Relating a true crime story in the form of a summary runs the risk of betraying the tension of the novel: the synopsis Michael offers is polished: ‘Sabrina Limon, a vivacious blond mother of two and part-time "sample girl" at Costco, is handing out free food samples one day when in walks handsome young firefighter Jonathan Hearn shopping for the station. Their conversation leads to a flirtation that leads to a steamy affair that has them hooking up once and twice a week at her home, his home, and out in hidden spots in the vast Mojave. Sabrina finds in Jonathan's embrace the love and understanding she lacks at home. To the outside world, husband Robert is a big tattooed teddy bear of a man, a hard-working railroad mechanic, loved by all. This gregarious couple seemed matched by their love of family, friends and good times. But the partying had gotten out of control for Sabrina. There was boozing and wife-swapping and group sex. Once a turn-on, it now left Sabrina feeling debased, dehumanized, spiritually adrift. Robert won't talk about it, consumed by his work, boat, truck and porn. With Jonathan showering Sabrina with poetry, gifts, religious insights and, of course, illicit sex, a devious plan is hatched; one hot August night Robert Limon is found dead of two gunshots in a pool of blood. False leads send police into dead-ends until a tip arrives from a most unexpected place. For Sabrina, it's a stunning betrayal that hurtles the case back to a perfect little place in the desert. With informants, undercover cops and wiretaps, investigators discover a romance fueled by lies and dangerous fantasies. But are Sabrina and Jonathan merely covering up an affair? Or are they hiding a conspiracy that led to murder?
Beautifully written, well documented even with photographs, this is an exceptionally fine novel by an author who has mastered his craft. Grady Harp, January 18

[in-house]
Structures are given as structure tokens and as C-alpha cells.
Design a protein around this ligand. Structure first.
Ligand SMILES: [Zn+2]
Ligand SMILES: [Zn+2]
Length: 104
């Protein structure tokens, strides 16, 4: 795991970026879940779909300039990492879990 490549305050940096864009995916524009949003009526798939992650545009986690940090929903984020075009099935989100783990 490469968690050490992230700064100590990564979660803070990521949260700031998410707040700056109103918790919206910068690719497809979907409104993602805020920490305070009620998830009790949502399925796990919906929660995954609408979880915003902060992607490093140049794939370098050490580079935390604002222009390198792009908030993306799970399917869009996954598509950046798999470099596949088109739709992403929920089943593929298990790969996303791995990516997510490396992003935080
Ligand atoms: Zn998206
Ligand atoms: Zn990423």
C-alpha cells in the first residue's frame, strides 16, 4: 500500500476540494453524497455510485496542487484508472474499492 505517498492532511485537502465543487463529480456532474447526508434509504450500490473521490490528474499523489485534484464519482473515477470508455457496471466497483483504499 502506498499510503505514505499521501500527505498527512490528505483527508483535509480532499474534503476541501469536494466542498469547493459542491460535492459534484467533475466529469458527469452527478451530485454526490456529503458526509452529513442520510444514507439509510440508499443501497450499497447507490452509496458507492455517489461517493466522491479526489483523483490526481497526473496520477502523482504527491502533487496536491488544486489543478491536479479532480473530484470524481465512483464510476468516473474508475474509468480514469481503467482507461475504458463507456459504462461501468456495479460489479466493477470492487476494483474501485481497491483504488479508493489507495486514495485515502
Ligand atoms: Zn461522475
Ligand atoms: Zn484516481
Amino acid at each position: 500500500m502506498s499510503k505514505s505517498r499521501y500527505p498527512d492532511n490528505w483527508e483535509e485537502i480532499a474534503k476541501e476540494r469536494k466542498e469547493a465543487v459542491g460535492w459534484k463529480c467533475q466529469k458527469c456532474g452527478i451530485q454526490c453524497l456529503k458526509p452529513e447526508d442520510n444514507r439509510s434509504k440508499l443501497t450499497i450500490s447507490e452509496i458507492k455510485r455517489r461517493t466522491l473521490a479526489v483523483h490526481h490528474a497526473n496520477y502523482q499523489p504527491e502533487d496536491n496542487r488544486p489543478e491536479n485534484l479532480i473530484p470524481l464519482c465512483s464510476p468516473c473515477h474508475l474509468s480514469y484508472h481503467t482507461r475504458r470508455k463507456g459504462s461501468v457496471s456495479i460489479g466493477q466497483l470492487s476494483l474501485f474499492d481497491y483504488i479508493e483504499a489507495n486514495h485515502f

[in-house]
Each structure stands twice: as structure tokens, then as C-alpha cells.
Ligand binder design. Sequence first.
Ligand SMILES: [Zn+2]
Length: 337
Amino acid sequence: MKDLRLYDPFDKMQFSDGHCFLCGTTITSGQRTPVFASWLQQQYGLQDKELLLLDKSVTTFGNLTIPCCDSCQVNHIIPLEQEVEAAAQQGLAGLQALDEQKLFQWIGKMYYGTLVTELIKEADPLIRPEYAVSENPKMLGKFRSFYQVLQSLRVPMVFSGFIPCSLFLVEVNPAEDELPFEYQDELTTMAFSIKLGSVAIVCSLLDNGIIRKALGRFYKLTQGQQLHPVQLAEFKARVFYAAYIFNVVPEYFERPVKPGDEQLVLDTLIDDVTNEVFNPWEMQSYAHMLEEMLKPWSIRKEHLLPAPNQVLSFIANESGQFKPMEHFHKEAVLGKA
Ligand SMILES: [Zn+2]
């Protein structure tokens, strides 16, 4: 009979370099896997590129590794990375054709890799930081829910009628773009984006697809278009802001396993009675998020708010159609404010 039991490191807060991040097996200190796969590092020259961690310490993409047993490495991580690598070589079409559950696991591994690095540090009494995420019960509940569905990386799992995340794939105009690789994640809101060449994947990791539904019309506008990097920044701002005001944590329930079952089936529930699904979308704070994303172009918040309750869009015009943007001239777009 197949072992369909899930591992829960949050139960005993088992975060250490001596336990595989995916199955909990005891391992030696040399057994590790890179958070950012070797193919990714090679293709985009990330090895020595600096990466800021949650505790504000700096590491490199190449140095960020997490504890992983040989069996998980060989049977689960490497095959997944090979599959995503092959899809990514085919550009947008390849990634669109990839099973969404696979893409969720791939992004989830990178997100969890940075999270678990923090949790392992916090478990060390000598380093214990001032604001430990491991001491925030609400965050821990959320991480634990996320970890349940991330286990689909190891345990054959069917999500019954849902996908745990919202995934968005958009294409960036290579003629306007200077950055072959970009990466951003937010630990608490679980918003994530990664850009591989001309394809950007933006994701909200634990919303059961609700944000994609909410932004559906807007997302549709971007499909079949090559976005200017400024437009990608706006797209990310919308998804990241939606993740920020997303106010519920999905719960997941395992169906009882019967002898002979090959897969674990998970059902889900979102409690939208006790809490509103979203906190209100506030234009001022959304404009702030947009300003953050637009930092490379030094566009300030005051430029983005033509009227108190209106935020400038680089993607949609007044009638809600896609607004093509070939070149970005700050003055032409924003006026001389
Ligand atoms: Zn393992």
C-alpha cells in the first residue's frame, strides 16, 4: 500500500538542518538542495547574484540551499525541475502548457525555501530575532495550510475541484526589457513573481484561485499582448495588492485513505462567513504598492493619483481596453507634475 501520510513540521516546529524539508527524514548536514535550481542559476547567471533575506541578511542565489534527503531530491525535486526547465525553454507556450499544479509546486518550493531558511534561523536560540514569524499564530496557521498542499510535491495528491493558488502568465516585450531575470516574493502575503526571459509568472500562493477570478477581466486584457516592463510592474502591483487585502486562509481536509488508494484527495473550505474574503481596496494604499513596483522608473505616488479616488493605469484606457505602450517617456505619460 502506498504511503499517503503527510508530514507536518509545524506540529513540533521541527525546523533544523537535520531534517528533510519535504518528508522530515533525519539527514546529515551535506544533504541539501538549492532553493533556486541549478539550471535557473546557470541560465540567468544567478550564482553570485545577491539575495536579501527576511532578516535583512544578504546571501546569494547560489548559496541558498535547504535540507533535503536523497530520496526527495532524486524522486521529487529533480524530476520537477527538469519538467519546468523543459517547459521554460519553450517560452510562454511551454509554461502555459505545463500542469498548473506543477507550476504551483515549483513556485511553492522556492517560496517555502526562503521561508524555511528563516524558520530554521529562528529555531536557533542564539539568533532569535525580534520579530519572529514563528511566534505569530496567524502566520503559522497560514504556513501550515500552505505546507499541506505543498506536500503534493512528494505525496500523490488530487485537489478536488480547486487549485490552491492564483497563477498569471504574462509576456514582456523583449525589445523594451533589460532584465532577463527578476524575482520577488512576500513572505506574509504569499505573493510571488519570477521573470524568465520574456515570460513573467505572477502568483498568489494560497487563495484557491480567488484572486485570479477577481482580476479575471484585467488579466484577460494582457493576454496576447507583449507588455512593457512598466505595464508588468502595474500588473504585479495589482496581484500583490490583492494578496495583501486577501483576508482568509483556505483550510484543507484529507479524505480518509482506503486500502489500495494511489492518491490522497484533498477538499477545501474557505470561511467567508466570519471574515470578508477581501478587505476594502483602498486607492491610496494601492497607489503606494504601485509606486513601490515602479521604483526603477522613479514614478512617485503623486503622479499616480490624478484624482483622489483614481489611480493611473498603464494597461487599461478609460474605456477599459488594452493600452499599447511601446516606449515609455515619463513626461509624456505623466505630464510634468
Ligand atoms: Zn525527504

Most helpful customer reviews on Amazon.com
From the wiretap transcriptions, we learned something of the interaction of the mother Sabrina and her children. I was left wondering what kind of a mother she was since she talked on the phone to Jonathan a lot when her children were close enough to call to her for attention. And after the husband Robert's death, Jonathan became part of the children's lives almost immediately.
As open as the friends were about their sexual activities, including backyard parties, I would be surprised if the children weren't shunned and harassed by their peers about their parents' lifestyles. Even though the children were young when the parents were actively partying with others who had open sexual relations, the neighbors would surely not want their children to become friends, and the segregation of the children would naturally engender curiosity so that the neighboring children would be attuned to gossip. Surely reporters would have investigated that aspect of the story.
It seems as though Mr. Fleeman simply put together public reporting and records without developing the background. I appreciate the need to separate reporting from editorializing, but my view is that effective true crime writing demands both.
I was provided with a digital copy of this book for an honest review, and am sorry I cannot provide a more positive reaction.
thank you Wild Blue Press for giving me the opportunity to review this book. The Author has done a great job.
There were some missing words but not anything I couldn't figure out.
Wildblue Press drew this author to my attention by asking for a review. If this book is typical of Mr Fleeman’s style, then all I can say is ‘send me more of his work!’
A free digital copy was provided by Wild Blue Press, and Michael Fleeman, for my unbiased review.